One of the most amusing things about Russia’s headlong plunge into Syria’s five-year conflict is the extent to which it effectively represented Moscow calling time on Washington’s strategy of seeking to bring about regime change in the Mid-East by intentionally destabilizing otherwise strong (if not always benign) governments.
Until September 30 - which is the day a three star Russian general strolled into the US embassy in Baghdad and informed the staff that airstrikes in Syria begin “in one hour” - Washington, Riyadh, Ankara, and Doha seemed perfectly content to simply wait around for one group of rebels or another to finally succeed in taking Damascus. In the meantime, the US embarked on what one might call a “containment” strategy as it related to ISIS - the idea, basically, was to keep Frankenstein confined to the lab, but not to hit the monster hard enough to render it ineffectual in the fight to destabilize the Assad government.
Once Assad fell, the US would march in and “liberate” the country before promptly installing a puppet government - with the help of the Saudis of course.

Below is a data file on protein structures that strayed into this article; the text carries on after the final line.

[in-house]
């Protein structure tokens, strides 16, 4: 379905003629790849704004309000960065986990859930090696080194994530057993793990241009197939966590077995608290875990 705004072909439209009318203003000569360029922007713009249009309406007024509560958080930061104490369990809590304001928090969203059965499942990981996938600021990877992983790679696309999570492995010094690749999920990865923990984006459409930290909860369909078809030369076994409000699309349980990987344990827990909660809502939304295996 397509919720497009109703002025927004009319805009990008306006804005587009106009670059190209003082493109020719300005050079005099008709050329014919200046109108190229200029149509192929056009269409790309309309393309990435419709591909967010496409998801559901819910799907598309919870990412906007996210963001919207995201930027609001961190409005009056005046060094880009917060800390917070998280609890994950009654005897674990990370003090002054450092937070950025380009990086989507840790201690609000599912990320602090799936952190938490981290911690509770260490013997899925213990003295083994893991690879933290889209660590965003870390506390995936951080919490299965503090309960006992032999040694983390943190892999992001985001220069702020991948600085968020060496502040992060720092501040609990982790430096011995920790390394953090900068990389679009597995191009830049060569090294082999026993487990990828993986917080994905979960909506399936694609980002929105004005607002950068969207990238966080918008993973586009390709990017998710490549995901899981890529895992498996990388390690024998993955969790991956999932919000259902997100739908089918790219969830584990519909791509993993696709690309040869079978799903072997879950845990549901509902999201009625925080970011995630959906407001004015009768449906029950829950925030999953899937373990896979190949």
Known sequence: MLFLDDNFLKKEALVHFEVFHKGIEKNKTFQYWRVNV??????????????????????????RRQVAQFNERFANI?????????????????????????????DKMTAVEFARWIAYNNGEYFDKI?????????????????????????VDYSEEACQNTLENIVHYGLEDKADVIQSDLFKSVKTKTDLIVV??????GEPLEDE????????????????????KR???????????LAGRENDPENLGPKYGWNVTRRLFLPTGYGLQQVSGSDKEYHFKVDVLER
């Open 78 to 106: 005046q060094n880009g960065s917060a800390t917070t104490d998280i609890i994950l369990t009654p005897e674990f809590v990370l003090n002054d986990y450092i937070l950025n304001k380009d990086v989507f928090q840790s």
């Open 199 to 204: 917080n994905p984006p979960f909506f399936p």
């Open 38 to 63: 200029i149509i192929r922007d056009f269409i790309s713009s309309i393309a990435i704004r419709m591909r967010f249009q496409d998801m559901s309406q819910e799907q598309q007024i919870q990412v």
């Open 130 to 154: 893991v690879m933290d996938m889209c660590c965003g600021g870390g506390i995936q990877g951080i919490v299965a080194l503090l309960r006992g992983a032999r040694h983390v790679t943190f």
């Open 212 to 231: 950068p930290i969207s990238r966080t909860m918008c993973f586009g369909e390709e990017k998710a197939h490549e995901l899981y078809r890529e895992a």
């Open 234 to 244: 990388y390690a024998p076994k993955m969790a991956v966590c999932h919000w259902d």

All of that changed when the Russians arrived in Latakia.
Once Moscow’s warplanes began to turn the tide in favor of the SAA with the help of Hezbollah ground forces and the IRGC, Putin promptly moved to blow the whole charade wide open by asking (loudly) why the US wouldn’t partner with Russia in the war on terror. He of course knew the answer, but the point was to make the general public question why, if ISIS really is the greatest threat to humanity since the Reich, Washington was unwilling to partner with Moscow and also with Tehran. Between that and the seemingly endless stream of Russian MoD clips depicting hundreds upon hundreds of airstrikes against terrorist targets, The Kremlin made the White House look as though the US was not serious about eradicating the very groups the Western media were holding up as public enemy number one.
"Com'on guys, be serious"
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